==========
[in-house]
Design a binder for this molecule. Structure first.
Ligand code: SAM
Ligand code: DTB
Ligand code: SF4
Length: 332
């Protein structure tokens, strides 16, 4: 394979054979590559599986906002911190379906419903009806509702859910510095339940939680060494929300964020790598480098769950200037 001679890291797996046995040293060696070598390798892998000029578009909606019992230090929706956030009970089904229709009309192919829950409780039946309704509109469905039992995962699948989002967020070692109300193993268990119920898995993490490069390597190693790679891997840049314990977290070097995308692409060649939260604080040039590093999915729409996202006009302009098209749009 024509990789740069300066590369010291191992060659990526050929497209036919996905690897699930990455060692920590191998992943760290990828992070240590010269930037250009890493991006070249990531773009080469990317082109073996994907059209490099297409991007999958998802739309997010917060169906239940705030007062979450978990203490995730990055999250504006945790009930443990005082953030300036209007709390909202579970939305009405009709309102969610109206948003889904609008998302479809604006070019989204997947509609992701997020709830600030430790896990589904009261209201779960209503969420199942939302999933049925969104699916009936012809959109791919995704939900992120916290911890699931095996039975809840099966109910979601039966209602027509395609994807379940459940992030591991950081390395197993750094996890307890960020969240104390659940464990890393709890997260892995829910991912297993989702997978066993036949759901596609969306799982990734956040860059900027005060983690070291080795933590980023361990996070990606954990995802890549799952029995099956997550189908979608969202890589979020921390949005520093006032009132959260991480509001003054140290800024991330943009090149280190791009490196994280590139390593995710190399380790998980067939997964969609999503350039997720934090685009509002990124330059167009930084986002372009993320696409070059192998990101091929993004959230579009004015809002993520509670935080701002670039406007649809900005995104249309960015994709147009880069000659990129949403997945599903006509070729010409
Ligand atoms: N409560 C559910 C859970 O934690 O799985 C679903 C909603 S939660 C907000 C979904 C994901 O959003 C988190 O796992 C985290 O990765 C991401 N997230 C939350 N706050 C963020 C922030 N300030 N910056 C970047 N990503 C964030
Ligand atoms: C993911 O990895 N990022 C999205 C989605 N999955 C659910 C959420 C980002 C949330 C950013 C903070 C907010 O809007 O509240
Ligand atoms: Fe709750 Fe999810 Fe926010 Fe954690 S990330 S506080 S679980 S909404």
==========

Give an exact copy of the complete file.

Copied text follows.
[in-house]
Design a binder for this molecule. Structure first.
Ligand code: SAM
Ligand code: DTB
Ligand code: SF4
Length: 332
């Protein structure tokens, strides 16, 4: 394979054979590559599986906002911190379906419903009806509702859910510095339940939680060494929300964020790598480098769950200037 001679890291797996046995040293060696070598390798892998000029578009909606019992230090929706956030009970089904229709009309192919829950409780039946309704509109469905039992995962699948989002967020070692109300193993268990119920898995993490490069390597190693790679891997840049314990977290070097995308692409060649939260604080040039590093999915729409996202006009302009098209749009 024509990789740069300066590369010291191992060659990526050929497209036919996905690897699930990455060692920590191998992943760290990828992070240590010269930037250009890493991006070249990531773009080469990317082109073996994907059209490099297409991007999958998802739309997010917060169906239940705030007062979450978990203490995730990055999250504006945790009930443990005082953030300036209007709390909202579970939305009405009709309102969610109206948003889904609008998302479809604006070019989204997947509609992701997020709830600030430790896990589904009261209201779960209503969420199942939302999933049925969104699916009936012809959109791919995704939900992120916290911890699931095996039975809840099966109910979601039966209602027509395609994807379940459940992030591991950081390395197993750094996890307890960020969240104390659940464990890393709890997260892995829910991912297993989702997978066993036949759901596609969306799982990734956040860059900027005060983690070291080795933590980023361990996070990606954990995802890549799952029995099956997550189908979608969202890589979020921390949005520093006032009132959260991480509001003054140290800024991330943009090149280190791009490196994280590139390593995710190399380790998980067939997964969609999503350039997720934090685009509002990124330059167009930084986002372009993320696409070059192998990101091929993004959230579009004015809002993520509670935080701002670039406007649809900005995104249309960015994709147009880069000659990129949403997945599903006509070729010409
Ligand atoms: N409560 C559910 C859970 O934690 O799985 C679903 C909603 S939660 C907000 C979904 C994901 O959003 C988190 O796992 C985290 O990765 C991401 N997230 C939350 N706050 C963020 C922030 N300030 N910056 C970047 N990503 C964030
Ligand atoms: C993911 O990895 N990022 C999205 C989605 N999955 C659910 C959420 C980002 C949330 C950013 C903070 C907010 O809007 O509240
Ligand atoms: Fe709750 Fe999810 Fe926010 Fe954690 S990330 S506080 S679980 S909404």